THE MAGAZINE

Clandestine Photography: Basic to Advanced Daytime and Nighttime Manual Surveillance Photography Techniques

By Raymond P. Siljander and Lance W. Juusola; Reviewed by Paul D. Barnard, CPP

***** Clandestine Photography: Basic to Advanced Daytime and Nighttime Manual Surveillance Photography Techniques for Military Special Operations Forces, Law Enforcement, Intelligence Agencies and Investigators. By Raymond P. Siljander and Lance W. Juusola. Charles C. Thomas, www.ccthomas.com; 672 pages; $69.95; also available as e-book.

This fine reference publication updates the 1975 work by Raymond P. Siljander, Applied Surveillance Photography. The earlier work filled a void at the time, and this vastly expanded later work does the same today. Those of us who came of age using and “push processing” 35mm Kodak Tri-X, 2475 Recording, and High-Speed Infrared films will appreciate the comprehensive explanation of the digital single lens reflex (DSLR) camera bringing us into the 21st century. 

The introduction explores the need for clandestine photography to meet today’s investigative challenges of sophisticated criminal and terrorist activity. The book progresses through cameras and lenses, photographic accessories, techniques and methods, night vision applications, tactics and strategies, and the challenges of atmosphere and weather. In addition to DSLR cameras, the authors address the use of various camcorders. Tips are offered on camouflage, concealment, and near infrared signature management.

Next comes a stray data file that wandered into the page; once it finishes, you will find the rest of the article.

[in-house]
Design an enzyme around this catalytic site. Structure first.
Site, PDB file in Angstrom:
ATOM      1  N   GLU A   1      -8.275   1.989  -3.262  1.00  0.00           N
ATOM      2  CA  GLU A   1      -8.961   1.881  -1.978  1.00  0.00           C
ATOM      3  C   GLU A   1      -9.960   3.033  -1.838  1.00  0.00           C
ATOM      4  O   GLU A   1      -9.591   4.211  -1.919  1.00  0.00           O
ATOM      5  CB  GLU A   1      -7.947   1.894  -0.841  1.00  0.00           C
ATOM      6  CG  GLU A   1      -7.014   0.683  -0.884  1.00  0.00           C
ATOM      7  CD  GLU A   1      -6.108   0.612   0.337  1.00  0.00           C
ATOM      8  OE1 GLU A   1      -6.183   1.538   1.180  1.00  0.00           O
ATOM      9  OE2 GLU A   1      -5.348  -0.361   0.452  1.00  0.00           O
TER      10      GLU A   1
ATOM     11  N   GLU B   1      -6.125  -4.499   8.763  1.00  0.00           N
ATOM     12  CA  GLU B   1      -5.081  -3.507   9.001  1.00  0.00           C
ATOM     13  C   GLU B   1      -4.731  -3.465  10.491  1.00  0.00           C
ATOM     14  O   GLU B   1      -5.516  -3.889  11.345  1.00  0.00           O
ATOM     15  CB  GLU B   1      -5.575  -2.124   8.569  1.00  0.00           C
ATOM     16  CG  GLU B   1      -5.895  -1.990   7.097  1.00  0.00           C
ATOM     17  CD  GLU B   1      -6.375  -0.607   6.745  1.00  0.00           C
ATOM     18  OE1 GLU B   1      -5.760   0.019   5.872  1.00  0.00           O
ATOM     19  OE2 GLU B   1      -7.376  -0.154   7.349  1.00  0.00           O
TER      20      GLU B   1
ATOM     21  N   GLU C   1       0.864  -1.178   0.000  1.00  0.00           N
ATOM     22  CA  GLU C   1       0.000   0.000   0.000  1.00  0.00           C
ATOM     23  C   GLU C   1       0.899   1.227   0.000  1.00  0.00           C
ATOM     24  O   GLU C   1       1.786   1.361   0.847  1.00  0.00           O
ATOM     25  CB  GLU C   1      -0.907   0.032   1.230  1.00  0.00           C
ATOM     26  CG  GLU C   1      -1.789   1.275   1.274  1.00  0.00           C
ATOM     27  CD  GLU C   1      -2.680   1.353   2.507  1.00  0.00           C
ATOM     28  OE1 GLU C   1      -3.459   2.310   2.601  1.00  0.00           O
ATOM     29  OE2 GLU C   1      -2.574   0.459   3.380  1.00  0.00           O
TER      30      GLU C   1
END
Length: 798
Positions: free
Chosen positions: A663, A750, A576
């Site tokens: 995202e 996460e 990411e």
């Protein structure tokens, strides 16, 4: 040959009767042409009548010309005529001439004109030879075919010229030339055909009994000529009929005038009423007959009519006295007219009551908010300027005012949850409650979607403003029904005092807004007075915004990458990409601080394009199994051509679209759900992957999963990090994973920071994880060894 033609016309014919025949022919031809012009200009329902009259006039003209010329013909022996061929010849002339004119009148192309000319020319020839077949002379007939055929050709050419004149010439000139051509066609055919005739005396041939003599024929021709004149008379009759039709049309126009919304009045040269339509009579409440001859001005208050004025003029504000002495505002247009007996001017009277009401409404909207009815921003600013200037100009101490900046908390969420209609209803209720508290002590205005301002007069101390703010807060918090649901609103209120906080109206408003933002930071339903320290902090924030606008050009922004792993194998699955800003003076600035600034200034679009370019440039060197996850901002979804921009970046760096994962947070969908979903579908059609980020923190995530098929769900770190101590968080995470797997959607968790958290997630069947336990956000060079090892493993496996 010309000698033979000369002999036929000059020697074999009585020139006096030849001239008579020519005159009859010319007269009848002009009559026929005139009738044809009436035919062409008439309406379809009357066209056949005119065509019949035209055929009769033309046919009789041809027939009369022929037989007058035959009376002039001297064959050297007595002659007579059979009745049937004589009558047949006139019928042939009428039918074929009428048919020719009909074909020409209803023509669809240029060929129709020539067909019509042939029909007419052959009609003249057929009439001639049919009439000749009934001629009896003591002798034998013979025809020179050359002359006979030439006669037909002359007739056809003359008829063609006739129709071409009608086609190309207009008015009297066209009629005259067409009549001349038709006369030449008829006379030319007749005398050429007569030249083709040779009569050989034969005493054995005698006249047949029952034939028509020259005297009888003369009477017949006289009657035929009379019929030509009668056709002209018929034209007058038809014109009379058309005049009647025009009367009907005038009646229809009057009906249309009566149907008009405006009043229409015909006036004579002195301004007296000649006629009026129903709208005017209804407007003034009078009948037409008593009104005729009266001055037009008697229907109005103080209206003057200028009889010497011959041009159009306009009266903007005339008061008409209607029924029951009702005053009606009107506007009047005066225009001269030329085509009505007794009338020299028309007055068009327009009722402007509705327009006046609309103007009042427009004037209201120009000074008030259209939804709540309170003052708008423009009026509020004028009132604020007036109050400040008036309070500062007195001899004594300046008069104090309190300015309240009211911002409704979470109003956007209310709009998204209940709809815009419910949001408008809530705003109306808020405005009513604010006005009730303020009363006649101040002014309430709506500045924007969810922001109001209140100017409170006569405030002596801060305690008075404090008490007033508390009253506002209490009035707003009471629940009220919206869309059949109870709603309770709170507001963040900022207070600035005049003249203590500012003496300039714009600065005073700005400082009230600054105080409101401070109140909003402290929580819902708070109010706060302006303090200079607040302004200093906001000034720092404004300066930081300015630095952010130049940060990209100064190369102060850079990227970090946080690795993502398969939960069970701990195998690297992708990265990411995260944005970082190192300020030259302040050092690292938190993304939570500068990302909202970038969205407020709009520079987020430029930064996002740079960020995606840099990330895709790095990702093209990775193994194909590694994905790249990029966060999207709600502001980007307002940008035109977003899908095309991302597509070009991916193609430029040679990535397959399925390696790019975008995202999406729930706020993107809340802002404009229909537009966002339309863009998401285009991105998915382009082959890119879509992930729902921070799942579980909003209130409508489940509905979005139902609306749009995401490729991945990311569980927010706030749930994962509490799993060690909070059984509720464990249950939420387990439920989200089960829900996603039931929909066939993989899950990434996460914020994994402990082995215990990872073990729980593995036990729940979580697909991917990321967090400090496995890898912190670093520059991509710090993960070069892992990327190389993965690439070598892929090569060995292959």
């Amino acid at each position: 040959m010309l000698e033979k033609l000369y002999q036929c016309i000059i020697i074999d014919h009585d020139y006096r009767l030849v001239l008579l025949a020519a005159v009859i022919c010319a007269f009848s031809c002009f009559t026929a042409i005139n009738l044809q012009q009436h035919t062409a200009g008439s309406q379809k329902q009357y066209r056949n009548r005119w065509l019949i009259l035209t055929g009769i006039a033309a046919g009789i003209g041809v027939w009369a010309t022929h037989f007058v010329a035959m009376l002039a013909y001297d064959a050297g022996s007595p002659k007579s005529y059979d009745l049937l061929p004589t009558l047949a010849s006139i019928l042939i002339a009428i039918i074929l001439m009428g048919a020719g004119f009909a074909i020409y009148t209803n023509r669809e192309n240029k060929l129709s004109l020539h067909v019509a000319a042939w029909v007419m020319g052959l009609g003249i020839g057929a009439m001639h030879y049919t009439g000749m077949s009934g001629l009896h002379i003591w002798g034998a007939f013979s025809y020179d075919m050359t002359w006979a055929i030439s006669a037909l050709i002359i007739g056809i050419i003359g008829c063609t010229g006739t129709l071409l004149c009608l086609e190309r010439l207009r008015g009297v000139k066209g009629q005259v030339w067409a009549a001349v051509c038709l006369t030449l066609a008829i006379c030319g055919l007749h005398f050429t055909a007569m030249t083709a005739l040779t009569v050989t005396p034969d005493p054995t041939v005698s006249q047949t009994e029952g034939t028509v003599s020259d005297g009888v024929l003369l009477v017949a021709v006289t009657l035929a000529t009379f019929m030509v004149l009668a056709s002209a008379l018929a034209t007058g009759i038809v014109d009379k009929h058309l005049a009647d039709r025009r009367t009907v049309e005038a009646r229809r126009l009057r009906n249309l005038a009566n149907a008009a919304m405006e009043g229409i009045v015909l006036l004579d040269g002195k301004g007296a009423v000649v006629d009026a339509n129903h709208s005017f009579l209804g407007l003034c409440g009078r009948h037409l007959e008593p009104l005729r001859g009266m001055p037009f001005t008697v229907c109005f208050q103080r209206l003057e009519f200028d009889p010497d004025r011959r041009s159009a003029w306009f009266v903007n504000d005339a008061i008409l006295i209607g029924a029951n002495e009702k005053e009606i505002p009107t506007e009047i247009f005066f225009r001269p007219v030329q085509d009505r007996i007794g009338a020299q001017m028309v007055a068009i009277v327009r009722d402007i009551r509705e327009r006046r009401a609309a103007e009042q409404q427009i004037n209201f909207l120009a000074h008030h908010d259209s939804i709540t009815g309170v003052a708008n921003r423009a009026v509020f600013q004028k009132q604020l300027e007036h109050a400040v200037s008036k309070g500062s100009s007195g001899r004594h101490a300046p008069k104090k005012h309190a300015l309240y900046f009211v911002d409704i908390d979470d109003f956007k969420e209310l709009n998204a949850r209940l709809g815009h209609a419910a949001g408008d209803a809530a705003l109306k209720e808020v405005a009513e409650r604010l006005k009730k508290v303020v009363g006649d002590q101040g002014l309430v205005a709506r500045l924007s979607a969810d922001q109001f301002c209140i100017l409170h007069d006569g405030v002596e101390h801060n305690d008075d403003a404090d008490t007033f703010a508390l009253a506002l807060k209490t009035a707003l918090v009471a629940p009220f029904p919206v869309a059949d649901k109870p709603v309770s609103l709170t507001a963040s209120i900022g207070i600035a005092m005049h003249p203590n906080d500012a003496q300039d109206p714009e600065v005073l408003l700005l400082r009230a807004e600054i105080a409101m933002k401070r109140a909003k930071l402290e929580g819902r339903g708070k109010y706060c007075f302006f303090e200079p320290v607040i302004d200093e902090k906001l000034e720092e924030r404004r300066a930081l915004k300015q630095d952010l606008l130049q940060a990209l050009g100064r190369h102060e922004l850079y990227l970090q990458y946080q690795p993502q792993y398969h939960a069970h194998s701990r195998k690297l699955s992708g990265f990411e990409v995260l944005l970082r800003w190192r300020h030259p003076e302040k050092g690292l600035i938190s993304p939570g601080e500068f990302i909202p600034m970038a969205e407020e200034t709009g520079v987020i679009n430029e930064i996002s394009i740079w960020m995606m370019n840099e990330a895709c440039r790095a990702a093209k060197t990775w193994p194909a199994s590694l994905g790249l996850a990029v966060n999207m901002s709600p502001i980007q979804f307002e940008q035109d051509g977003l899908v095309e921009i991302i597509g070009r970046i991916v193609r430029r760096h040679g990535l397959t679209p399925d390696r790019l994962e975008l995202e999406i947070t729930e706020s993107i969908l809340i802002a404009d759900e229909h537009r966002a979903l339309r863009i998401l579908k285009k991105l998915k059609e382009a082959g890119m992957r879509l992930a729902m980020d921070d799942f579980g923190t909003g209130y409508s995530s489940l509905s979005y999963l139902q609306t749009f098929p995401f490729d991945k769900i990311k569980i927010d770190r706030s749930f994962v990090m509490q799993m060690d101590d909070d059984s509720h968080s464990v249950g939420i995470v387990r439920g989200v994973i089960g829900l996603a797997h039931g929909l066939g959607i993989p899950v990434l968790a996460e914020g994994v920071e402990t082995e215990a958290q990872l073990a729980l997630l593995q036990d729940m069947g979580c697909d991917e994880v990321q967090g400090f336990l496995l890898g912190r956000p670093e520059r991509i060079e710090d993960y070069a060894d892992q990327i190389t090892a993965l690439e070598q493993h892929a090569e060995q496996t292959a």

The visual presentation is professional with quality materials and clear type. Descriptive and explanatory drawings, tables, and photographs are found throughout the book. There is a comprehensive index and an impressive listing of current bibliographic references. The authors cite many government and military sources, and they clearly indicate that this book is to supplement—not replace—the photographic instructional material used by various agencies. They caution that this work is directed at the technical aspects of clandestine photography and that practitioners must be acutely aware of the legal issues in any jurisdictions in which they may be operating.

This book is strongly recommended for those involved with special surveillance challenges. It may be beneficial as a training text in courses for investigative personnel required to obtain photographic documentation and the application of manual photographic skills in extreme conditions. It would be a welcome addition to any investigative photographer’s library.


Reviewer: Paul D. Barnard, CPP, CISM (Certified Information Security Manager), SFPC (Security Fundamentals Professional Certification) is a security manager for the Department of Defense. He has been a member of ASIS International since 1975. The opinion expressed is solely that of the reviewer and does not imply a view of the U.S. government or any other organization.
 

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